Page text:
Friday, July 22, 2005

R.I.P. Red Boxes

WARNING: This blog entry was imported from my old blog on (which used different blogging software), so formatting and links may not be correct.

One of the really nice things about Creator and JSF is that we're able to provide WYSIWYG editing of components.
We do this by actually running the components' renderers at designtime. This does however have one problem: What if
the component renderers aren't happy?

Lots of things can go wrong. For example, let's say you have a databound JSF table. If you kill the database connection,
the component renderer will abort with a SQLException. Incorrect expression language bindings, missing converters and
a whole host of other potential problems have similar issues.

How do we handle this in the IDE? In Creator 1.0, we had the "Red Boxes" scheme, as shown in the first screenshot on the right.
In the designer, components which aborted during
rendering would be shown partially (as much as possible depending on how far along the renderer got before dying),
but all the markup would be changed to have a red background. That way you could
sort of see the component if it had rendered enough before giving up. This is better than not showing the component at
all, since (1) it makes it really obvious that there is a problem, and (2) it makes the troubled component easy to select so you
can inspect the property sheet and try to fix the problem. We also opened the Output window with an error message trying
to explain what had happened, and what to do about it.

In Creator 2 this behavior has changed. Instead of the red boxes, you first get an error screen (similar to the one you
get if you introduce parsing errors in the JSP, or syntax errors in the Java file). This error screen includes portions of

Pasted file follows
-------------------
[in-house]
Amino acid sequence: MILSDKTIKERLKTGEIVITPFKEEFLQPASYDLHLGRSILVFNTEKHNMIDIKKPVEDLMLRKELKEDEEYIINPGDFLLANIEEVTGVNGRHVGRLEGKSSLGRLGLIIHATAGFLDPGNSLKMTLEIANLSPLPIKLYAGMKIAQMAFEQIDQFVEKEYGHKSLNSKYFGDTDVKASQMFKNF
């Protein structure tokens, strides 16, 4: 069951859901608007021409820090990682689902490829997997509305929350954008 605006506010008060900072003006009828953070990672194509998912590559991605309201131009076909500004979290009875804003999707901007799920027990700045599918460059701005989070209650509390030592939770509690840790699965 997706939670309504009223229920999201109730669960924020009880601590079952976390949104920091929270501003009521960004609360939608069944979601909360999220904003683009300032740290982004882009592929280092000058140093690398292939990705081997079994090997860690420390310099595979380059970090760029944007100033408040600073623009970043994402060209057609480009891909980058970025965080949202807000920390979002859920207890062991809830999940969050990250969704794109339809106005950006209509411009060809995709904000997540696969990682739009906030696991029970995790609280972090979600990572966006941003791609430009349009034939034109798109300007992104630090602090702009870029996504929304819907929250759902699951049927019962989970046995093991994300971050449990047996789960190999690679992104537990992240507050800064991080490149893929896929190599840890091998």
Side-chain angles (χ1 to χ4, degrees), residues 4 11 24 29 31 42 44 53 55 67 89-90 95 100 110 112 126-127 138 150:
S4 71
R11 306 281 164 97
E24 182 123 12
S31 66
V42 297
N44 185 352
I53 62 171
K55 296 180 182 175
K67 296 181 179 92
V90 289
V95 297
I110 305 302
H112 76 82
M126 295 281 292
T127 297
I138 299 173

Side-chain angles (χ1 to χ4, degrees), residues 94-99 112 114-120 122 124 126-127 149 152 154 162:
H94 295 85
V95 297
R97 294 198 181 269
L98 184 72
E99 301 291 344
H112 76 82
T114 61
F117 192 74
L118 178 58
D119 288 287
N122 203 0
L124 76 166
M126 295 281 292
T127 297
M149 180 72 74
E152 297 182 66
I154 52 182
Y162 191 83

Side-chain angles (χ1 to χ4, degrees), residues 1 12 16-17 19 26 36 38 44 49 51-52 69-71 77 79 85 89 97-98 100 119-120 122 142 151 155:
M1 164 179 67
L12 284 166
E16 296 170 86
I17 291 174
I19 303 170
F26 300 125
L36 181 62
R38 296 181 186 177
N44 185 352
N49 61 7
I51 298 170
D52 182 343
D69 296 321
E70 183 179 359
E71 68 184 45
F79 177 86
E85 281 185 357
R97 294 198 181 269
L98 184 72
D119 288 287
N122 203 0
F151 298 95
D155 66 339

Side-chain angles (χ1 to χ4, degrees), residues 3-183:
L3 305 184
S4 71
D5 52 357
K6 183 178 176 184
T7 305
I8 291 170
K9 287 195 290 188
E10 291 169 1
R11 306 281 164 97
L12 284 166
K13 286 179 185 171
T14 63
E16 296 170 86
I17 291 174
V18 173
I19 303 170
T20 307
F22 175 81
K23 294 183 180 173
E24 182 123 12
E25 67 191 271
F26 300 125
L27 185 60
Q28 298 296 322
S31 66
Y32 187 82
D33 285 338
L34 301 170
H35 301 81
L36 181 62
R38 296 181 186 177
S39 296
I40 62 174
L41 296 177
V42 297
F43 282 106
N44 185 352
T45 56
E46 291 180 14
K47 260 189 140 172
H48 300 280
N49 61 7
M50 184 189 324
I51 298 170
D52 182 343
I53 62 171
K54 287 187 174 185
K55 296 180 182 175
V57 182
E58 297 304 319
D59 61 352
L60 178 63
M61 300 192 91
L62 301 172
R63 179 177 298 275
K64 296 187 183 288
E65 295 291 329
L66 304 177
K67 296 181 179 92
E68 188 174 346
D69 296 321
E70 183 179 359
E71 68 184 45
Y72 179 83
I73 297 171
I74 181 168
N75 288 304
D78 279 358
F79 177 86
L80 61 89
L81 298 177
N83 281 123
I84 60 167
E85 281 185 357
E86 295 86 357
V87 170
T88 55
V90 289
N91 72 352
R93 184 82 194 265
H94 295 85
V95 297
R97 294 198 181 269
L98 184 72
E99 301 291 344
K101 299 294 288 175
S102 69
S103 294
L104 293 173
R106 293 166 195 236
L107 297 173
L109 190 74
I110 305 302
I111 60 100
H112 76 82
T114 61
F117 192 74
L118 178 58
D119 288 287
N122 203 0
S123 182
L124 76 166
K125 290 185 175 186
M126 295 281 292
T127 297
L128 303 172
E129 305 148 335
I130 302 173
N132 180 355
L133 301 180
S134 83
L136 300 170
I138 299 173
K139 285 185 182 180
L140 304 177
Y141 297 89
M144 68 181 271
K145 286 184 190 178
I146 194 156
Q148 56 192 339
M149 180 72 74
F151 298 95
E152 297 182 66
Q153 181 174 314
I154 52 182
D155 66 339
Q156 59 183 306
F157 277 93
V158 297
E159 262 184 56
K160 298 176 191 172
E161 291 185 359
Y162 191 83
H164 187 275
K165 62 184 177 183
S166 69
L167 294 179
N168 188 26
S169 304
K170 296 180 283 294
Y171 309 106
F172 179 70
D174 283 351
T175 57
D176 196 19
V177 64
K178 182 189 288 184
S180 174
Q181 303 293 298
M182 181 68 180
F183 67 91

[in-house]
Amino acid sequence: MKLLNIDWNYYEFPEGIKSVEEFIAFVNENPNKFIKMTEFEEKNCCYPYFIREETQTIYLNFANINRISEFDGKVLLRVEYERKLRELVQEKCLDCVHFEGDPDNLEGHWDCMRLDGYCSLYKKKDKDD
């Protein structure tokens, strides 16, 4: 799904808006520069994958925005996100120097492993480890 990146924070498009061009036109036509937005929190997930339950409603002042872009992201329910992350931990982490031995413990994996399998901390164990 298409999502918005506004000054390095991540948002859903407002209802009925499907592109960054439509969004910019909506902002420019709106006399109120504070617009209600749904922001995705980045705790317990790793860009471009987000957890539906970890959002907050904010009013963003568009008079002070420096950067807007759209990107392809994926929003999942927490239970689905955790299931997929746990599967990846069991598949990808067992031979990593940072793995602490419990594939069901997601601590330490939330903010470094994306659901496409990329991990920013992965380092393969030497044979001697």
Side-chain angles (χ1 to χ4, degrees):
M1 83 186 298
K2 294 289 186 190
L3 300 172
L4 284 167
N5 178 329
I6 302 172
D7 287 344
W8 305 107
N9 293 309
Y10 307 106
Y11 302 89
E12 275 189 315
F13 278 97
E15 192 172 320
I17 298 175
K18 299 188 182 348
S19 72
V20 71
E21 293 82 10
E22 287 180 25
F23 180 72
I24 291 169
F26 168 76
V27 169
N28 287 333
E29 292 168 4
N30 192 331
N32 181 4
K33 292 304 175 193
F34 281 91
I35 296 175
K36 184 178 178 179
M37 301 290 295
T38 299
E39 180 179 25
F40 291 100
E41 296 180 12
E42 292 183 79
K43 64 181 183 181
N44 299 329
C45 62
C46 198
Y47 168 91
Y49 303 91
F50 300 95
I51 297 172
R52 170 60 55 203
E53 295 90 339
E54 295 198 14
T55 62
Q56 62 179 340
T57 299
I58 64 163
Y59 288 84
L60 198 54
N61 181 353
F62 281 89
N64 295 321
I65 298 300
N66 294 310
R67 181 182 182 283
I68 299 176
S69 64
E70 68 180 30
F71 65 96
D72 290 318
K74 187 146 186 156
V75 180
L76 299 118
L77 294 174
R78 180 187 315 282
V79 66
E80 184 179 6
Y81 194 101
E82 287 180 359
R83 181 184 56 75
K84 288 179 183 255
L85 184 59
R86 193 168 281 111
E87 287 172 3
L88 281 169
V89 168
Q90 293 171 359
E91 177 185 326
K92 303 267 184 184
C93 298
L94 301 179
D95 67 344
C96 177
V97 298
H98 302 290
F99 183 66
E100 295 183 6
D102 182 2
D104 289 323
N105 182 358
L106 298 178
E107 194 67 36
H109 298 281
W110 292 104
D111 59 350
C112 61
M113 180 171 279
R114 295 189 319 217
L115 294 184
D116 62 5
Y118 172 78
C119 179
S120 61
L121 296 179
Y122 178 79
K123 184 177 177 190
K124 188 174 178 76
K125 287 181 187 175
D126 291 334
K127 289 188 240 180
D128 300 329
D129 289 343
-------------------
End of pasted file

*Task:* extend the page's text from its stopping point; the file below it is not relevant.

the stacktrace, which in many cases might reveal what the problem is (don't forget to look for a cascaded exception1)

You can also click through to the
design view, and now you'll see the component. However, rather than an ugly red box you'll see a small error icon in the
component's place along with an error message associated with the render problem. It should also be much better about
not repeating the error screen until you've resolved the problem and encounter a new problem (although there was a bug
in this area fixed shortly after EA).


  1. Tor, it would be really useful as a developer if I had som sort of ETA on when Creator 2 will go gold. I'd like to plan product development around this event and at least an estimate would be helpful. Is this against Sun policy? I'd hasten to add (IMHO) that, if it is, such a policy is not helpful to a developer ecoystem that would rely on such data. Lotus/IBM, for example, is quite straightforward in their pipeline scheduling, which makes planning much more predictable.

  2. Hi Jake,
    Our current target for the Creator 2 release is within this calendar year.
    But 'targets' are goals, not commitments, and we're still reacting to the feedback from the early access, so it's possible we'll ship later if we conclude that's the right thing to do.
    Hope that helps,
    David Folk
    Product Line Manager
    Sun Java Studio Creator